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Dark spot in Oval BA's wake

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#1 JasonBurry

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Posted 23 November 2012 - 09:20 AM

What a great apparition of Jupiter this has been so far, and with generally cooperative skies as well!

I've been observing the giant several nights in the last couple weeks, and when the seeing cooperates, like it did last night, I've noted a very high contrast dark cloud spot in the wake of Oval BA, between BA and the GRS. It's more easily spotted than Oval BA itself, due to the great contrast, but maybe 1/3 to 1/2 as large as BA. It's easily spotted in the images from the imaging forum from last night. This one is particularly excellent (what a mindblowing image!!!):

http://www.cloudynig...5534695/page...

Does this phenomena have a particular name? It seems to have been there now for over a month.

J

#2 azure1961p

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Posted 23 November 2012 - 10:11 AM

LOL I just call it spot!

Its deceiving image versus visual because when processed it ltyooks just a little more challenging than a galillean moon shadow but it is in reality quite a few steps more difficult. In slightly better than averege CT seeing it took a hefty 303x to see it pop and it did with angular surface area resolved but it was a lot more subtle. Glad you had good seeing. CT has been doing fair to good.

Pete

#3 JasonBurry

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Posted 23 November 2012 - 10:36 AM

I've had little difficulty seeing this little disk-shaped feature at 200x, using a 12.5 and 2x barlow, when the seeing cooperates. It is certainly more subtle than a moon shadow, but I found it perhaps easier than the Oval BA, due strictly to contrast.

I've seldom gotten such frequently fine views of Jupiter as I have in the last month. Last night I was struck by the desire to attempt to sketch Jove, but I've nowhere near the skills to pull it off. There's been more fine cloud and festoon detail than I'd believed possible 2 years ago.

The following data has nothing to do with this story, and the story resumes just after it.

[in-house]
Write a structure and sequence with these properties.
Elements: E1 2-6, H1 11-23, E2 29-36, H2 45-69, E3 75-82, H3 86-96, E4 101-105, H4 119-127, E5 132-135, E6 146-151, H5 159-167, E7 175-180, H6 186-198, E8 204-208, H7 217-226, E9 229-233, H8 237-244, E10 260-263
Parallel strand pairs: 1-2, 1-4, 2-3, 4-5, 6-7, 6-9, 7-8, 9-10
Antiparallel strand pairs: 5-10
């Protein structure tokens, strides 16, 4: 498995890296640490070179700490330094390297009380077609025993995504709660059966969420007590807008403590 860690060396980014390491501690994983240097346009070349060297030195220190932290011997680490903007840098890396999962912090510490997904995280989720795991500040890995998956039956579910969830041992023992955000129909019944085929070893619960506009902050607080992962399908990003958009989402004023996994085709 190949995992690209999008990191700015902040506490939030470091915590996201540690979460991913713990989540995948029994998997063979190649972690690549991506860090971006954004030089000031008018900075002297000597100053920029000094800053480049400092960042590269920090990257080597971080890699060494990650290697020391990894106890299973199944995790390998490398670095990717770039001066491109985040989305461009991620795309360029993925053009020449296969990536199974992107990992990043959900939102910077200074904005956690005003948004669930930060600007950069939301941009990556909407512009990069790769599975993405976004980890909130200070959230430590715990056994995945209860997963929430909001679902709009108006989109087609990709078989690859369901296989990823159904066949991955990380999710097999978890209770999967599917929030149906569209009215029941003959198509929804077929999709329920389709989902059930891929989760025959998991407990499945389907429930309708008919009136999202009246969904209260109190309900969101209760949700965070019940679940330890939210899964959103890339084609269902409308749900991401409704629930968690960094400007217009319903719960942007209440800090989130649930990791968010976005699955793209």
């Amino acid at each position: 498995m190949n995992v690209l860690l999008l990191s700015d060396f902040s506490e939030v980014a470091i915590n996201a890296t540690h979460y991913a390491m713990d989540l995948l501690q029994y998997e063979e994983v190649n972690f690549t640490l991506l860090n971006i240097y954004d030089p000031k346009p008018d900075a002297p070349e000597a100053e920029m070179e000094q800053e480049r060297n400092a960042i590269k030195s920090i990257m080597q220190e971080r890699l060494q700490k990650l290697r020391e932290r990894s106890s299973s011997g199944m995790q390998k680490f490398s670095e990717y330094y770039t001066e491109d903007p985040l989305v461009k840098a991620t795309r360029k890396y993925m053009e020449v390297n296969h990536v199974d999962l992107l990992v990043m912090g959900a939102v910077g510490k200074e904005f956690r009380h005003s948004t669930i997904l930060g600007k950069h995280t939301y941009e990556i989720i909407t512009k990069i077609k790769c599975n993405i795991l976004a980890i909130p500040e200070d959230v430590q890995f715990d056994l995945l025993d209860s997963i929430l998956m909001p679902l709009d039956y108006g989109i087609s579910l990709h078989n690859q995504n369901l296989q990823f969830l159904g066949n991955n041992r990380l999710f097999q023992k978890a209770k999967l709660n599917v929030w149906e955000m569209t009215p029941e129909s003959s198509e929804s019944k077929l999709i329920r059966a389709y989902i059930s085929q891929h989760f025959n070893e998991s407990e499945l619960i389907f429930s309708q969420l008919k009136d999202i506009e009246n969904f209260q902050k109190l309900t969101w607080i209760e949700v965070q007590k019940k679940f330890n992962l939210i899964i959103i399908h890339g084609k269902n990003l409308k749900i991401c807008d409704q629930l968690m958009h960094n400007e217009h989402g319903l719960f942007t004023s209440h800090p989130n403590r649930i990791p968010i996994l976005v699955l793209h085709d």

Utterly captivating and amazing.

J

#4 Asbytec

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Posted 23 November 2012 - 12:10 PM

This spot, not sure of it's nature, really depends on it's position relative to the meridian and the seeing.
It's barely visible, if at all, most times. More often it's a small tiny blotch. On a few occasions, I actually held it as a dark pin point. From the images, it looks pretty large. But, it is indeed much smaller than a moon shadow. Say, half the size?

I've seldom gotten such frequently fine views of Jupiter as I have in the last month.


You can say that again. Here, let me help you...

I've seldom gotten such frequently fine views of Jupiter as I have in the last month.


Jupiter has just been rocking my socks off...

#5 JasonBurry

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Posted 23 November 2012 - 12:30 PM

:) Yessir!

I've seldom gotten such frequently fine views of Jupiter as I have in the last month.

J

#6 Asbytec

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Posted 23 November 2012 - 12:43 PM

You can say that again. :)

#7 CPellier

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Posted 23 November 2012 - 01:15 PM

The spot is a cyclonic brown spot. A regular feature of the STB, although usually the cyclonic wake of BA is not that well organized. There must be a small and constrained cyclonic circulation there...

#8 Asbytec

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Posted 23 November 2012 - 08:36 PM

Okay, sort of like air pooling behind the blunt end of a car traveling down the highway, that dead zone where one might draft another car? Or is it a dark cyclonic feature unto itself? And why is it dark, where did that color come from, pumped up from Jupiter's depths? Need to do some reading, I guess.

#9 CPellier

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Posted 24 November 2012 - 06:52 AM

On any atmosphere, any high-pressure region must have a cyclonic counterpart. So, oval BA that is a strong anticyclone always has an associated low-pressure region, however its shape and aspect will change over the time. The dark spot was present last year but it was less visible, so I'm thinking that there must be another structure pushing it toward BA, this would strengthen its volume and its circulation and so it would appear smaller and darker.
As to its colour, I'm thinking that dark cyclonic spots in STB are holes in the covering white clouds ; and we are seeing brownish clouds underneath.
This is logical as they are dark in methane (CH4) band, and we can make a parallel with events such as SEB revivals (see 2010-2011) when the ephemere white covering haze is partly teared up by cyclonic brown disturbances.

#10 Asbytec

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Posted 24 November 2012 - 03:34 PM